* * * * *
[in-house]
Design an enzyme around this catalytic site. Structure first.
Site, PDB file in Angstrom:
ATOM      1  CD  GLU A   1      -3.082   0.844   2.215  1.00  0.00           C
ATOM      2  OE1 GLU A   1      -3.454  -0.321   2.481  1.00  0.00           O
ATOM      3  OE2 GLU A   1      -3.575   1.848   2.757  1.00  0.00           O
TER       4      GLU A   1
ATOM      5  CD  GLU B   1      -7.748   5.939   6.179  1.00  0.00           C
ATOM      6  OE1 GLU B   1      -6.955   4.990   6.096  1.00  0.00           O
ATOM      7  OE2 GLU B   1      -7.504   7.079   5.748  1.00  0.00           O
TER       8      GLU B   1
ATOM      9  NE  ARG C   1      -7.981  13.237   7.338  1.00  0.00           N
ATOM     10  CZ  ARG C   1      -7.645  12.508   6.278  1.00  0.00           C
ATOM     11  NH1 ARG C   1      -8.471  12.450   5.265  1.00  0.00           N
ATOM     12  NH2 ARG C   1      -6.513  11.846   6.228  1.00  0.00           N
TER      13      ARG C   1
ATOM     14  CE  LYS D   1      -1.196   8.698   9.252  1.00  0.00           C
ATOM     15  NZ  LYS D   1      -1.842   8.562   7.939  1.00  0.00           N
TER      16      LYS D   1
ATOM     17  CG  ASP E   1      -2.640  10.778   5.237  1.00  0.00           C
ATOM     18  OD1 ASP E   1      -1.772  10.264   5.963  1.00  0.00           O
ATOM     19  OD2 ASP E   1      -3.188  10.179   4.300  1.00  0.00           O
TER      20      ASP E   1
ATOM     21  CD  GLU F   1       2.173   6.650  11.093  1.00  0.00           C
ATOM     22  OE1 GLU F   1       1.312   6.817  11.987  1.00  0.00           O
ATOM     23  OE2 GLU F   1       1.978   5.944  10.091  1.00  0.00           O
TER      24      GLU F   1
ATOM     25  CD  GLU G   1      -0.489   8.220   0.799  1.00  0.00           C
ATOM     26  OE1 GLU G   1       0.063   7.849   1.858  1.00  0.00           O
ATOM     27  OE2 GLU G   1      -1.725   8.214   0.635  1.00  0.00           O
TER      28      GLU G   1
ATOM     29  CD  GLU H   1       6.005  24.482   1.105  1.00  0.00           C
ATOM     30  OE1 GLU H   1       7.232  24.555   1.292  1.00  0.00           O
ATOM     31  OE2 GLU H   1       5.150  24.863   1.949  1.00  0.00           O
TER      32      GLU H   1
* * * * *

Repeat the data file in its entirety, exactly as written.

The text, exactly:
[in-house]
Design an enzyme around this catalytic site. Structure first.
Site, PDB file in Angstrom:
ATOM      1  CD  GLU A   1      -3.082   0.844   2.215  1.00  0.00           C
ATOM      2  OE1 GLU A   1      -3.454  -0.321   2.481  1.00  0.00           O
ATOM      3  OE2 GLU A   1      -3.575   1.848   2.757  1.00  0.00           O
TER       4      GLU A   1
ATOM      5  CD  GLU B   1      -7.748   5.939   6.179  1.00  0.00           C
ATOM      6  OE1 GLU B   1      -6.955   4.990   6.096  1.00  0.00           O
ATOM      7  OE2 GLU B   1      -7.504   7.079   5.748  1.00  0.00           O
TER       8      GLU B   1
ATOM      9  NE  ARG C   1      -7.981  13.237   7.338  1.00  0.00           N
ATOM     10  CZ  ARG C   1      -7.645  12.508   6.278  1.00  0.00           C
ATOM     11  NH1 ARG C   1      -8.471  12.450   5.265  1.00  0.00           N
ATOM     12  NH2 ARG C   1      -6.513  11.846   6.228  1.00  0.00           N
TER      13      ARG C   1
ATOM     14  CE  LYS D   1      -1.196   8.698   9.252  1.00  0.00           C
ATOM     15  NZ  LYS D   1      -1.842   8.562   7.939  1.00  0.00           N
TER      16      LYS D   1
ATOM     17  CG  ASP E   1      -2.640  10.778   5.237  1.00  0.00           C
ATOM     18  OD1 ASP E   1      -1.772  10.264   5.963  1.00  0.00           O
ATOM     19  OD2 ASP E   1      -3.188  10.179   4.300  1.00  0.00           O
TER      20      ASP E   1
ATOM     21  CD  GLU F   1       2.173   6.650  11.093  1.00  0.00           C
ATOM     22  OE1 GLU F   1       1.312   6.817  11.987  1.00  0.00           O
ATOM     23  OE2 GLU F   1       1.978   5.944  10.091  1.00  0.00           O
TER      24      GLU F   1
ATOM     25  CD  GLU G   1      -0.489   8.220   0.799  1.00  0.00           C
ATOM     26  OE1 GLU G   1       0.063   7.849   1.858  1.00  0.00           O
ATOM     27  OE2 GLU G   1      -1.725   8.214   0.635  1.00  0.00           O
TER      28      GLU G   1
ATOM     29  CD  GLU H   1       6.005  24.482   1.105  1.00  0.00           C
ATOM     30  OE1 GLU H   1       7.232  24.555   1.292  1.00  0.00           O
ATOM     31  OE2 GLU H   1       5.150  24.863   1.949  1.00  0.00           O
TER      32      GLU H   1